7. Going along with the point above, embrace the power of YET. Rejection is sometimes a sign that your writing isn’t quite “there.” You might not be a skilled enough author. These sentences can be hard to say. They can feel so discouraging. But facing them is the only way to become a great author. The people who are sure that they are amazing are the ones who never grow. There is no shame in recognizing this as long as you recognize that this is not a permanent state. You just need to add one more word: YET. “I’m not quite a skilled enough author . . . YET. My writing isn’t there . . . YET. But it will be, because I’m going to keep writing and learning and trying.” Once you are able to embrace this mindset, you can embrace rejection as a learning opportunity and not a judgment on you. You are always learning and growing. This rejection means nothing about the possibilities in your future.
8. Embrace the reality of LUCK. We don’t talk about it enough, but a lot of publishing success is luck. It’s your manuscript hitting the right desk on the right day. The first agent who offered on The Three Rules of Everyday Magic told me that the manuscript had really struck a chord with her because her grandmother had died a year earlier. I often wonder, if I’d queried her with that manuscript before her grandma had passed, would it have been one of those, “It’s great, but I just don’t quite love it enough” rejections? Very possibly. Different books are more meaningful at different times in our lives. You can’t control that. It may not make the rejection easier, but it helps put it in context.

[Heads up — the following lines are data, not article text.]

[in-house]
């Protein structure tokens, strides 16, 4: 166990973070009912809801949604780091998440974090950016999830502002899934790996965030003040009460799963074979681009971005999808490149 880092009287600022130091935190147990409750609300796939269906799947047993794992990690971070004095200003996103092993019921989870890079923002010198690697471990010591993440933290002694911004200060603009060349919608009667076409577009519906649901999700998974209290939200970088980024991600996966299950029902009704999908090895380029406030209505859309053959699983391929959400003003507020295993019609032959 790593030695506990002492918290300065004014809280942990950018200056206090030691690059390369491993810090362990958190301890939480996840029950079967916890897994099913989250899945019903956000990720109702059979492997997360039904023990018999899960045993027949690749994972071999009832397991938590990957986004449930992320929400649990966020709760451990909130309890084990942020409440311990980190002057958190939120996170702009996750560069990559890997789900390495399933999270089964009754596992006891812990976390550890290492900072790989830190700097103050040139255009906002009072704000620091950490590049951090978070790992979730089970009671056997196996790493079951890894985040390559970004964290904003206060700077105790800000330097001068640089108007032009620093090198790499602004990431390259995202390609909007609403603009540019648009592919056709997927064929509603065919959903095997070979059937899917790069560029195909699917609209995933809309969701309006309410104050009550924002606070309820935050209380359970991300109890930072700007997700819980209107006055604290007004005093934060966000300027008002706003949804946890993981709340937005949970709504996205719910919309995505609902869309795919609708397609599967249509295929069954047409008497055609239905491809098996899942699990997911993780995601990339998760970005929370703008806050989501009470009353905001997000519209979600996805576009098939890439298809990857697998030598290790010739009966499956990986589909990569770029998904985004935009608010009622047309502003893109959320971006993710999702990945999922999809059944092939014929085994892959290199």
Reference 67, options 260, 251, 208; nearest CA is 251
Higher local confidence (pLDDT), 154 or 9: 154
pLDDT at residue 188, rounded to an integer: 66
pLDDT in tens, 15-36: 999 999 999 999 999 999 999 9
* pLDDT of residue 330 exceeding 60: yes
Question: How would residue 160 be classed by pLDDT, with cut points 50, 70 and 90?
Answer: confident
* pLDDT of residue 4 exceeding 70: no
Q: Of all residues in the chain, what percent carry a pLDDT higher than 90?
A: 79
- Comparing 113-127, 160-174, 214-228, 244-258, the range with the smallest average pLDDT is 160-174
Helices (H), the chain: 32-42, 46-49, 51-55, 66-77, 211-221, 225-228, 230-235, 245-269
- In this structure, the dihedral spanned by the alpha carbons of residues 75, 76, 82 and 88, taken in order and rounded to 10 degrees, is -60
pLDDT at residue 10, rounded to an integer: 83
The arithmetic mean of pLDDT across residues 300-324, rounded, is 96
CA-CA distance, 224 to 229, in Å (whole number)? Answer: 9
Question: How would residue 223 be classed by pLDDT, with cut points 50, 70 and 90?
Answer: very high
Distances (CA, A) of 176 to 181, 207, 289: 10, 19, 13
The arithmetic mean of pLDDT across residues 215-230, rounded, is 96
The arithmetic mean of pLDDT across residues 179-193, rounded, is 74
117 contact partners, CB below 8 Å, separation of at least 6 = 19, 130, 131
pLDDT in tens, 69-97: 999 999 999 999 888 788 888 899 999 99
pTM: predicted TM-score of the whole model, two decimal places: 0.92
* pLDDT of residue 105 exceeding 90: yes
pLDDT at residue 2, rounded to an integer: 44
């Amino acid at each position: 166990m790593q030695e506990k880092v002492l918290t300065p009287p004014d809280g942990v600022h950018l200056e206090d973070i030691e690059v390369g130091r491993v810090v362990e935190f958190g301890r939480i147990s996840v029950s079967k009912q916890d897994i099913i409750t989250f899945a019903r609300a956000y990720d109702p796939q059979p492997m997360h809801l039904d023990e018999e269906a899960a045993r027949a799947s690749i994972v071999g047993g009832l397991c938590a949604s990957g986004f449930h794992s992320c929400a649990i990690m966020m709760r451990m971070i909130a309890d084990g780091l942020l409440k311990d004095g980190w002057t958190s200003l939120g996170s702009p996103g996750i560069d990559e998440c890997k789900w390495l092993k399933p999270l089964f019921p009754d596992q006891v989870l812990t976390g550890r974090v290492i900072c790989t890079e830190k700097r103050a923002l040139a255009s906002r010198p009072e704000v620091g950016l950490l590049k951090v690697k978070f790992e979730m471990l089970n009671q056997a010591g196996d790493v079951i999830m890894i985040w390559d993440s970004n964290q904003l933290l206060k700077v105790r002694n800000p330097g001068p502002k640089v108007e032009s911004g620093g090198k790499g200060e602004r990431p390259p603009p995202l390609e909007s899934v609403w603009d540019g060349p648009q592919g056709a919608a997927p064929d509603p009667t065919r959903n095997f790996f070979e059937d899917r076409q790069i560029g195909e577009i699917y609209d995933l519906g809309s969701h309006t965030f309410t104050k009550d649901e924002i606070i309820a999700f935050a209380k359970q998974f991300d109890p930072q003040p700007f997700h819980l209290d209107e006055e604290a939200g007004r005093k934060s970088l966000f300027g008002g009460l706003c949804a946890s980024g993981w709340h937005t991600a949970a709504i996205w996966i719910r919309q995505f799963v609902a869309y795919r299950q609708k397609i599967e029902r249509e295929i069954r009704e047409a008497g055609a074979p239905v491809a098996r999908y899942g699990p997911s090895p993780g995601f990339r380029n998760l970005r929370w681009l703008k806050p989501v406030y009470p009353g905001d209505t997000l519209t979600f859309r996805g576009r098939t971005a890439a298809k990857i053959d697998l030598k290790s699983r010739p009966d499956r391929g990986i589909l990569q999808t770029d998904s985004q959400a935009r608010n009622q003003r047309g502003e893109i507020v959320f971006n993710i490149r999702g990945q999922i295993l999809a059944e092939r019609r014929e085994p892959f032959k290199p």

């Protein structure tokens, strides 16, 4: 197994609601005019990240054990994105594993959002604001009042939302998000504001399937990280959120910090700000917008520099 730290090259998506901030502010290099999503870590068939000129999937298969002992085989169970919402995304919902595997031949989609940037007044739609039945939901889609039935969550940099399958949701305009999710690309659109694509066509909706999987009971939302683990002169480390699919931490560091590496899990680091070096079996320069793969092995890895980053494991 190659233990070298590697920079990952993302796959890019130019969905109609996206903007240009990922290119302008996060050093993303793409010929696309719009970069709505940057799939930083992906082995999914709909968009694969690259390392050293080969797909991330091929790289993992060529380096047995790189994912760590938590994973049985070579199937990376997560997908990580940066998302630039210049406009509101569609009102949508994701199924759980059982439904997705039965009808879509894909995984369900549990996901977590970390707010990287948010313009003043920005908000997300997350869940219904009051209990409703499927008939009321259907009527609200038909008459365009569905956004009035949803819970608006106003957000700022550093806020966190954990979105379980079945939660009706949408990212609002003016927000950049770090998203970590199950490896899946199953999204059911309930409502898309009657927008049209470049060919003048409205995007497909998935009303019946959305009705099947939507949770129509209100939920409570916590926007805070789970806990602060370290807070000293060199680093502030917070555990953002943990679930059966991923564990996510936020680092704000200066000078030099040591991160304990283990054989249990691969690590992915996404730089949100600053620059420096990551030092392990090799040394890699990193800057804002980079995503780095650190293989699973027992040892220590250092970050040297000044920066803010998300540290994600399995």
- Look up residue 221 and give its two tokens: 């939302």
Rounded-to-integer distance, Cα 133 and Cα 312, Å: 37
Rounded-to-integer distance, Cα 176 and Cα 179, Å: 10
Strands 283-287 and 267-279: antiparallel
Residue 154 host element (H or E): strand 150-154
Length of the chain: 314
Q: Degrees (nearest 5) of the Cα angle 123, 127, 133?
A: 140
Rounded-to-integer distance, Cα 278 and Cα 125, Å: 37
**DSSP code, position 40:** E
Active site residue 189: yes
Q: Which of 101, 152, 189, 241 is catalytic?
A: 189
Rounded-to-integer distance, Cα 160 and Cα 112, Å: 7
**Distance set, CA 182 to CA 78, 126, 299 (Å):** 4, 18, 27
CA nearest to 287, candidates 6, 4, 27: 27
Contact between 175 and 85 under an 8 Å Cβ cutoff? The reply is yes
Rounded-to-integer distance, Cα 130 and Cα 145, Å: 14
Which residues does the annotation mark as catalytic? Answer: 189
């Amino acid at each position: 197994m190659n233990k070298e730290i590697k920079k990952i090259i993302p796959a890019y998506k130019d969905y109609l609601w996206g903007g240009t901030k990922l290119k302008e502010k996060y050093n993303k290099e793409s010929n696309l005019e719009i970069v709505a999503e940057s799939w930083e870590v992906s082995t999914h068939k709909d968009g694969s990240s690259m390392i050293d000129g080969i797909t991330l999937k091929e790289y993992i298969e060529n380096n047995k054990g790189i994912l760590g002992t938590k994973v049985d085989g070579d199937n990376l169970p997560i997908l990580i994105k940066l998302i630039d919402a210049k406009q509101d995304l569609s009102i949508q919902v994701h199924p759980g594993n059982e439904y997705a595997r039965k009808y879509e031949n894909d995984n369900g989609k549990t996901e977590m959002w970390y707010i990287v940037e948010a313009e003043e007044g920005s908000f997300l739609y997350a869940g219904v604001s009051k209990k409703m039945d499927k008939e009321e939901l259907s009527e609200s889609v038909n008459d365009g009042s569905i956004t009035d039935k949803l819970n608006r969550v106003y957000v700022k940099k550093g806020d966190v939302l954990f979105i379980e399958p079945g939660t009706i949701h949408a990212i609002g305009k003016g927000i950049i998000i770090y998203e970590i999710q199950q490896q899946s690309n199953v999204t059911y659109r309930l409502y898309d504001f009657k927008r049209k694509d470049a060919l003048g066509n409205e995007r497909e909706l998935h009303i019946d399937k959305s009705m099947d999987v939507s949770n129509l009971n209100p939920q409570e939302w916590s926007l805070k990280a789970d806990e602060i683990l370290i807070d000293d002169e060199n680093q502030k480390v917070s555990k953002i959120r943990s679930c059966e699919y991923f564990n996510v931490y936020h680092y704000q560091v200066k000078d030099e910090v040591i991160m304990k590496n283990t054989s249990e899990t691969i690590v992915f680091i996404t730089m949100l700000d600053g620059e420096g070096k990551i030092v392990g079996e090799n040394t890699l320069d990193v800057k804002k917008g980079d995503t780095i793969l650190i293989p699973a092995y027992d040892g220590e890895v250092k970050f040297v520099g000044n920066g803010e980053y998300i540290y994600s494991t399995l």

9. Lastly, you don’t always have to handle each rejection with a smile on your face and a happy attitude. Rejection stings and sometimes you just need to allow yourself to feel the disappointment of it. Vent to your CPs. Take a bubble bath. Eat some chocolate. Cry it out. Feel it so you can let it go and then move on.
Rejection sucks. There’s no getting around it. But it doesn’t have to suck the life out of you. Think of it as practice. Even when it doesn’t feel like it, it’s making you a better author and leading you to where you need to be.
Amanda Rawson Hill grew up in Southwest Wyoming, with a library right out her back gate. After getting her degree in chemistry, she now writes heartfelt middle grade novels as well as picture books that range from poetic to humorous to scientific! She is the author of Three Rules of Everyday Magic and You’ll Find Me. Her upcoming novel is Once Upon a Family. She is also the cofounder of Middle Grade at Heart, a monthly book club newsletter. She lives in California with her husband, four kids, one dog, one cat, 3 Guinea pigs, and not enough space!